This is an increasingly family-centered neighborhood. Our kids play in the streets, and many of them attend Travis Elementary. But the Bayland bus route bisects the neighborhood, creating a situation in which many kids have to cross Bayland (with few stop signs and no speed bumps) on their way to school. Bayland is a residential street, not a commercial street. Yet cars treat it like a major thoroughfare and speedway.

    What the petitioners are asking for is that the bus routes be moved to commercial streets at the edges of the residential neighborhood. This would increase a person’s walk to the bus by at most a few blocks.

    This has nothing to do with where the bus lines end or begin, nor with the ridership on the buses. Most of the petitioners are strong supporters of public transit.

  • If this is as stated above, it is a bit shady to go about it in this manner; however, to say someone who doesn’t want it in their hood is “bigoted/prejudiced/racist” is a bit much. I once lived close to a major bus stop in Houston and the trash/vandalism/crime was worse than any other place I have lived. I wouldnt want it because I am anti-crime, anti-littering, and anti-vandalism. Nor would I want a trendy Washington Bar… Does that somehow make me anti-bro?

  • It’s always traffic, isn’t it?
    MW, that Woodland Heights traffic study is public. Measured 85th percentile speeds on Bayland were 29.1, 29.7, 30.2, and 26.6mph. 85ths on Watson were 29.7, 29.8, and 32.0. The posted speed is 30. NO portion of Bayland or Watson meets COH warrants for speed humps, regardless of the bus situation. Travis posts crossing guards on Bayland @ Beauchamp & Florence. You are hand-waving.

  • ^^[incoming neighborhood propaganda]

  • As more new residents by homes in all of the heights neighborhoods including independence heights,garden oaks and other hoods nearby,many will try to get rid of the metro bus lanes since these hoods are going through gentrification.acres homes will also have no more metro bus lanes,northside village too.all these hoods that i mentioned are going through gentrification so people buying these homes will not want these bus lanes around so they can decrease the chances of poor people coming in theses hoods.many people from the suburbs are tired of the long commutes since houston is growing and traffic will get even worse in the suburbs as houston continues to grow.so people from the burbs are moving to these hoods in droves,but dont want the bus lanes because they dont feel comfortable being around people that they consider lower status in American society,even though you will see hipsters and some yuppies ride metro.why do you think they moved to the burbs in the first place to get away from those spooky lower status people in American society.but since these hoods are being gentrified they feel comfortable moving in.because they know those people will soon be gone.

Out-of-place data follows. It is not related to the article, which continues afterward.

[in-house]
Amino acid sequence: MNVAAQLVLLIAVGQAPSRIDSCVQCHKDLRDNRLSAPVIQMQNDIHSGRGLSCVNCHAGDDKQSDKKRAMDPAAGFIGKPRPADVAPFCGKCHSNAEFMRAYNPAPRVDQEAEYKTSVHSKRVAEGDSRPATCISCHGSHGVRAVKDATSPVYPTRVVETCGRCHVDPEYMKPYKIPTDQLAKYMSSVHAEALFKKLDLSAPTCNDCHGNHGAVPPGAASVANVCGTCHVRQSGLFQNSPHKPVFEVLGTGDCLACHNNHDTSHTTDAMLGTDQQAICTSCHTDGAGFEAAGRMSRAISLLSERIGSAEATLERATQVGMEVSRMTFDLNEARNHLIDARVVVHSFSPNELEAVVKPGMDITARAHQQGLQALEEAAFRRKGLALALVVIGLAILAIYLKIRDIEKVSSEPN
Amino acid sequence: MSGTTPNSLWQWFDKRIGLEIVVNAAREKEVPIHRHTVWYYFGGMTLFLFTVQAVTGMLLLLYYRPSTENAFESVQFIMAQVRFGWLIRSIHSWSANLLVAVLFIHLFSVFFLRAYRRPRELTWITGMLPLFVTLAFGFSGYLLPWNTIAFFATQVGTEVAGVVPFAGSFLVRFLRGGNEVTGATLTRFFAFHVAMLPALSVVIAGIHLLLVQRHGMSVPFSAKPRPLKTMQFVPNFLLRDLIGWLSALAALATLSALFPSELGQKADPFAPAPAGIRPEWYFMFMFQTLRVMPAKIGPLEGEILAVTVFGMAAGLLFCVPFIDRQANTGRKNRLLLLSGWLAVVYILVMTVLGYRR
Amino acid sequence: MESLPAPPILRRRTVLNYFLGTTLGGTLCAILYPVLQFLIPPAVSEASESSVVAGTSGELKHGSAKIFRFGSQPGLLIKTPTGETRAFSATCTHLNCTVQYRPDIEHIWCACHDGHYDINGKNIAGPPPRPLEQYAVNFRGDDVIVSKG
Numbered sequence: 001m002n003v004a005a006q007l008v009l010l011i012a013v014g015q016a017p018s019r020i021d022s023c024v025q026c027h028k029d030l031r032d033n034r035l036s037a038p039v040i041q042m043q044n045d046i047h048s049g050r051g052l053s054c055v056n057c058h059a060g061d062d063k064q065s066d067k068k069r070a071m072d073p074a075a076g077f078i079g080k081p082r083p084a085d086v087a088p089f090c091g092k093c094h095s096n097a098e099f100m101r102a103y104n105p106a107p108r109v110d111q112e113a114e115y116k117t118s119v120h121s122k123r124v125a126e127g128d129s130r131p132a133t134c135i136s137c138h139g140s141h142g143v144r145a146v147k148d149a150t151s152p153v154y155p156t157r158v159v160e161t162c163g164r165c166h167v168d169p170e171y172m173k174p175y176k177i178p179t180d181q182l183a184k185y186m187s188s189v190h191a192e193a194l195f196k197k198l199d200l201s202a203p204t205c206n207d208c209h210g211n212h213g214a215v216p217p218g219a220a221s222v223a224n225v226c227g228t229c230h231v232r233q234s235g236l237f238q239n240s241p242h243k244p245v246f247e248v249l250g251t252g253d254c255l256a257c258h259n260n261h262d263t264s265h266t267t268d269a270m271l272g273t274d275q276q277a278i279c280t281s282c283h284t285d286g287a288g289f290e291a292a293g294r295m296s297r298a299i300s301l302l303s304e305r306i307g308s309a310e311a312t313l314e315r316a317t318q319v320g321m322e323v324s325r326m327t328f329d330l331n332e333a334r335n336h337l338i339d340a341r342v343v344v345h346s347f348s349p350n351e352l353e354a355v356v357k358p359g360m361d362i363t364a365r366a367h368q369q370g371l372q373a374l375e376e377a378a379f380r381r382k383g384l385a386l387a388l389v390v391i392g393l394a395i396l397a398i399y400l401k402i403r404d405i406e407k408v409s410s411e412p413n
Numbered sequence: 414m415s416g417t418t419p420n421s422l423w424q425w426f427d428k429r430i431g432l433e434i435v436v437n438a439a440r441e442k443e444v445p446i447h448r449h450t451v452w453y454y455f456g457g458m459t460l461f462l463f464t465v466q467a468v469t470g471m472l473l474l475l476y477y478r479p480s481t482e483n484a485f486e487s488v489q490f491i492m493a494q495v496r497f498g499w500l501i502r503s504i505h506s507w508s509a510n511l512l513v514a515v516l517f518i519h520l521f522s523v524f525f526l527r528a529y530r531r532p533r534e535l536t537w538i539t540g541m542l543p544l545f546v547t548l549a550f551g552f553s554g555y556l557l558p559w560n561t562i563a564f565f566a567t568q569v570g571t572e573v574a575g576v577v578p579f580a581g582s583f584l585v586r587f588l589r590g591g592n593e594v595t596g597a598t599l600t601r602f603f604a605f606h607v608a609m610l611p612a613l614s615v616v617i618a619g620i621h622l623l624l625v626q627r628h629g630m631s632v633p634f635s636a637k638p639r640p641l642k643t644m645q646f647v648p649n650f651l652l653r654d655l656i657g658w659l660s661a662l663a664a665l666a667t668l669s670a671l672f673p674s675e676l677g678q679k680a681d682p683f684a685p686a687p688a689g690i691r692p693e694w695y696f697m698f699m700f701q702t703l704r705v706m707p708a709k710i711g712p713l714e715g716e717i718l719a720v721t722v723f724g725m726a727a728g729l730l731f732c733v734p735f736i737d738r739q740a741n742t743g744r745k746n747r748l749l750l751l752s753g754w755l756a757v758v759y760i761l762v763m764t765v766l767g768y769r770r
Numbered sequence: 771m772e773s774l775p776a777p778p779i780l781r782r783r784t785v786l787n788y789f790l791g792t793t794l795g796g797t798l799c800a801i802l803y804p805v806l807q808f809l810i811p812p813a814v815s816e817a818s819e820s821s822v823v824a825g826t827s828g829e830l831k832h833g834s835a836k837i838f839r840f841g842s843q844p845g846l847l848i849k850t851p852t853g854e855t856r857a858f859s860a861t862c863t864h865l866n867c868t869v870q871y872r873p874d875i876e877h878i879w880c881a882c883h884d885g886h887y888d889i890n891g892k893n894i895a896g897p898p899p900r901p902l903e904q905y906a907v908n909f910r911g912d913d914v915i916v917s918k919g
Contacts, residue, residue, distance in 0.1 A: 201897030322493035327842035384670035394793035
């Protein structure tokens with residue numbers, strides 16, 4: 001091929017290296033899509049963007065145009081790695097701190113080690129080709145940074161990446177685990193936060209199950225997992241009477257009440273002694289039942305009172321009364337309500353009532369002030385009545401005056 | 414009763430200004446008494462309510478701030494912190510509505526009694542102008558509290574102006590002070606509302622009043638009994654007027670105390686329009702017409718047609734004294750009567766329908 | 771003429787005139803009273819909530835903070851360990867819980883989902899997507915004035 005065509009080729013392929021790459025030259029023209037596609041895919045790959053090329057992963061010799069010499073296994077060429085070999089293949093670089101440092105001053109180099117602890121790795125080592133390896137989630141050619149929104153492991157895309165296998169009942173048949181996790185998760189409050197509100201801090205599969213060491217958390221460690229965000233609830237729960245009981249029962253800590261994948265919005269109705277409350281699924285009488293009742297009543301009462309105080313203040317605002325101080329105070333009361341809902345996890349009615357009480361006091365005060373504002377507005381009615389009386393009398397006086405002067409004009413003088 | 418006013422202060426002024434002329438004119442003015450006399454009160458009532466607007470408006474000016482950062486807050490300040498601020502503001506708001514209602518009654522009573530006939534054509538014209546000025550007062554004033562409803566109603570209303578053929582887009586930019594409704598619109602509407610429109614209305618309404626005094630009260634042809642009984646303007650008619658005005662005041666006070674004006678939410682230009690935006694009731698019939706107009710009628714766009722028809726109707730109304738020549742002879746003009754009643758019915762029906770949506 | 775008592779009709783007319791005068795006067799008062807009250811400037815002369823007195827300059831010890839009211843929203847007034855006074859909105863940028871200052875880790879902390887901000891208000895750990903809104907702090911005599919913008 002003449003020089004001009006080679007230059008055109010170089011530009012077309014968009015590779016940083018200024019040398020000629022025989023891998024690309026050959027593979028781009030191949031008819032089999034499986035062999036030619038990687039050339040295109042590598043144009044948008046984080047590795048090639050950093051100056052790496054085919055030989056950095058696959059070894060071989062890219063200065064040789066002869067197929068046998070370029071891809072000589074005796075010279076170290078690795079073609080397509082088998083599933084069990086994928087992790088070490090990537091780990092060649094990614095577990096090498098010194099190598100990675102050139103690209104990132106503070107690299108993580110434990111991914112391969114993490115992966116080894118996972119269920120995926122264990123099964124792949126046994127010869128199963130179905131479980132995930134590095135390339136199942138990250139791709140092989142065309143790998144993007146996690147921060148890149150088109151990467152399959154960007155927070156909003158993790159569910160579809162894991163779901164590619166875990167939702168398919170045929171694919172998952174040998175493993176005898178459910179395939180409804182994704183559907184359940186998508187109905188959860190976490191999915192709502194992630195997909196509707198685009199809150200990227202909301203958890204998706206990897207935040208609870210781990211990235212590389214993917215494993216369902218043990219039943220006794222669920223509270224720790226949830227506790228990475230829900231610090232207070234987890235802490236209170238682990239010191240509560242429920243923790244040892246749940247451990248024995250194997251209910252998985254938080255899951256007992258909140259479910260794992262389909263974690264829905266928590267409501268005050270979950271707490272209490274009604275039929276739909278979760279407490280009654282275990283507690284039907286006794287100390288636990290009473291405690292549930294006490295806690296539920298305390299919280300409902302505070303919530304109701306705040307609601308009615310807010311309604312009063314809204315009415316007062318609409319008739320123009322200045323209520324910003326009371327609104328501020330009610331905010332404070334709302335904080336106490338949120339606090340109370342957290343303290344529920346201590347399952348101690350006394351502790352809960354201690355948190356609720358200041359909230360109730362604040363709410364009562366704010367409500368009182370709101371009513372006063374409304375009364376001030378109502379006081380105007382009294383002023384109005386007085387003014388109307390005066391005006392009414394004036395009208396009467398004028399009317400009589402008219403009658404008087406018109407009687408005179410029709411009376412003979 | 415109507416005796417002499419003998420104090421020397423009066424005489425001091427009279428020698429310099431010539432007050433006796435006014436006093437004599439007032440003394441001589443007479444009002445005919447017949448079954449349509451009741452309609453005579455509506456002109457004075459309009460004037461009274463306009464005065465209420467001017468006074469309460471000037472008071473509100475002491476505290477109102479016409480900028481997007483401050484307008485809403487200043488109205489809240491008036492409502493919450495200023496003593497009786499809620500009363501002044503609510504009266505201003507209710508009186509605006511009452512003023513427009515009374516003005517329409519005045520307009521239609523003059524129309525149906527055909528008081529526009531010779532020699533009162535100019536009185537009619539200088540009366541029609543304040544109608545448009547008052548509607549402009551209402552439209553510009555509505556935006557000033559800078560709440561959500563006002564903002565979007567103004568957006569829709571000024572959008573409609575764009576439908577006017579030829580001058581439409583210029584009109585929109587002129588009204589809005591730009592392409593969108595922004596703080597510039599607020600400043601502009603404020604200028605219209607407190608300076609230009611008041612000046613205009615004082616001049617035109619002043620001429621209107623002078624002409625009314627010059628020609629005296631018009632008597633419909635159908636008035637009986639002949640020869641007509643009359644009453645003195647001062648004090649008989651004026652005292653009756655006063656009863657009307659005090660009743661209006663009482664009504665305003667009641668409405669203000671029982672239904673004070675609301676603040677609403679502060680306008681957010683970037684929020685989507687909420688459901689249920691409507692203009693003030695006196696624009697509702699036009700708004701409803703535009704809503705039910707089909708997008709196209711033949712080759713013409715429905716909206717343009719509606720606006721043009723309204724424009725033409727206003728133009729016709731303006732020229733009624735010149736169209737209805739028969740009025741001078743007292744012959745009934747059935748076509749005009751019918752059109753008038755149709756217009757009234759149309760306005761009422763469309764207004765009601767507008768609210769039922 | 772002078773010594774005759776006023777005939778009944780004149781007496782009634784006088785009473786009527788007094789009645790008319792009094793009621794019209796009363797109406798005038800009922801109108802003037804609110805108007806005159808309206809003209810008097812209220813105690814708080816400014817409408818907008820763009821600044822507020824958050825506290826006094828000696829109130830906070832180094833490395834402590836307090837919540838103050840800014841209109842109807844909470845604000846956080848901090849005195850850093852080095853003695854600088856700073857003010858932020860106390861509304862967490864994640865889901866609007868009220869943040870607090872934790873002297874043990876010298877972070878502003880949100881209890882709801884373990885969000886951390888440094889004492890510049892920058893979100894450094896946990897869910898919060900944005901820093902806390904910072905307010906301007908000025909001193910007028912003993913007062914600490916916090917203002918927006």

• I thought heights residents hated big box stores. So, they are arguing that they want publicly subsidized transport to a big box?

  • How many bus riders are there at peak hours on these bus line ? Not against bus service, would like to give it another try. Which route would get the most riders and get them to their destination or transfer centers efficiently. Reading some of the comments it’s amazing that some Heights residents decided its a gated community, or that the streets are private for their use.

  • The Traffic study data Putple City is referencing is from 8 years ago. A lot has changed in the area since then. The current Woodland Heights traffic study hasn’t been completed yet. Any resident can tell you that cut-through traffic has increased dramatically over the last few years, thus the drive to move Metro so that traffic abatement measures can be implemented. The current #40 stops on Bayland have among the lowest onboardings of any Metro stops in the city.

  • No matter what Metro does people will bitch, moan and complain. You simply can’t please everyone (riders or residents along routes) nor can they create an infinite way to connect everyone with every retail store/site. Metro proposes, they adjust and then August 16th go-live.

  • Here is a link to METRO’s most recent ridership report.

    The Pecore portion gets about 2100 boardings per day. I can’t find data for specific stops. The updated route information from CJ that was posted was helpful, in seeing that the 30 is again proposed to head down Watson from Pecore, then proceed to the east along Bayland, effectively preserving the current 40 route.

    Frankly, as a rider of the 40 route on occasion, I’ve not noticed speeding cars or issues with the buses. The proposed 30 route would also operate at a lower frequency. I do think it’d be great to increase access to a large shopping center, as well as the new Elan Heights apartments, but the proposed 66 would connect with the 30 on Houston Ave. It’d just leave a large shopping complex without any transit options, which is unfortunate.

  • No dog in this hunt as I don’t live in The Heights but , for god sakes, all these people want is to move one small leg of Route 30. Much of this segment that is not already served by Route 44 is strictly residential. How it affects anyone down the line is beyond me. If no one boards the bus in that segment of Woodland Heights, then what exactly is the issue? Running the bus up Studemont which is home to business and restaurants and is a concrete street that has less chance of being destroyed by bus traffic makes sense. Plus it opens up an entire retail quadrant (Sawyer Heights) to service. Some of you drama queens need to get a grip with your anti elitist agenda.